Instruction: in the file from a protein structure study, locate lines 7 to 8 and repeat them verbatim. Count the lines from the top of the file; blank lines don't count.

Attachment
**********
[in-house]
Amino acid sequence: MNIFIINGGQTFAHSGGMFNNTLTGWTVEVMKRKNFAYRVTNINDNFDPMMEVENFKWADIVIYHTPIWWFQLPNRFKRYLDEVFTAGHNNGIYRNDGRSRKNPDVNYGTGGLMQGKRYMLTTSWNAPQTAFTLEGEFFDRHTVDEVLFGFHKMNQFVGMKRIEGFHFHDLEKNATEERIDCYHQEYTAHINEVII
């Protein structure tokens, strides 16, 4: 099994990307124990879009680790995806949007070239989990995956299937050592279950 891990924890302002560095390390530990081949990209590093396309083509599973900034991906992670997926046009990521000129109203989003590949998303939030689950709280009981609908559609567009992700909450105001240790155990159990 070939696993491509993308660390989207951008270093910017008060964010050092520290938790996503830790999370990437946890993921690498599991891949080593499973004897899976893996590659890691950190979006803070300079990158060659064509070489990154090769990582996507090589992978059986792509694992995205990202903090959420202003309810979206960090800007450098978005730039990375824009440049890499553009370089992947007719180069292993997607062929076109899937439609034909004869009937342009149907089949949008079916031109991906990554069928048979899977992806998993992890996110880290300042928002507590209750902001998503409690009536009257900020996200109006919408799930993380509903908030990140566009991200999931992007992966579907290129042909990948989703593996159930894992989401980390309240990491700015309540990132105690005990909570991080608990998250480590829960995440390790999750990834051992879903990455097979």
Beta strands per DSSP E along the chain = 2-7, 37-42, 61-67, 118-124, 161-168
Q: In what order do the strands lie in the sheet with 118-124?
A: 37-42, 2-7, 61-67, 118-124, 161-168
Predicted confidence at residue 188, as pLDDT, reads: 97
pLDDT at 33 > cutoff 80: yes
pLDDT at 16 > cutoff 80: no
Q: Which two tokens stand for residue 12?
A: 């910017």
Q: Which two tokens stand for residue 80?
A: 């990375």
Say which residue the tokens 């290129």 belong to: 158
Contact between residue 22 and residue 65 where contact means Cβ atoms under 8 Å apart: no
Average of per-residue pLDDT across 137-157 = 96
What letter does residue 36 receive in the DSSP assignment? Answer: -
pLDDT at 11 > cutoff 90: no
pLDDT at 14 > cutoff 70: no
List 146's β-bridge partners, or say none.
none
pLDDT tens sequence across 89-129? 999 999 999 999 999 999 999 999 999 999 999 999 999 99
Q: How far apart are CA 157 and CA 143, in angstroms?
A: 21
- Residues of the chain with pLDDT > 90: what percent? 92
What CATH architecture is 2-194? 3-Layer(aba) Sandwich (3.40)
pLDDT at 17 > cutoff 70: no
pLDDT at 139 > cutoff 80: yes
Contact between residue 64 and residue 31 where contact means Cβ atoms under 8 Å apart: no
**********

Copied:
Predicted confidence at residue 188, as pLDDT, reads: 97
pLDDT at 33 > cutoff 80: yes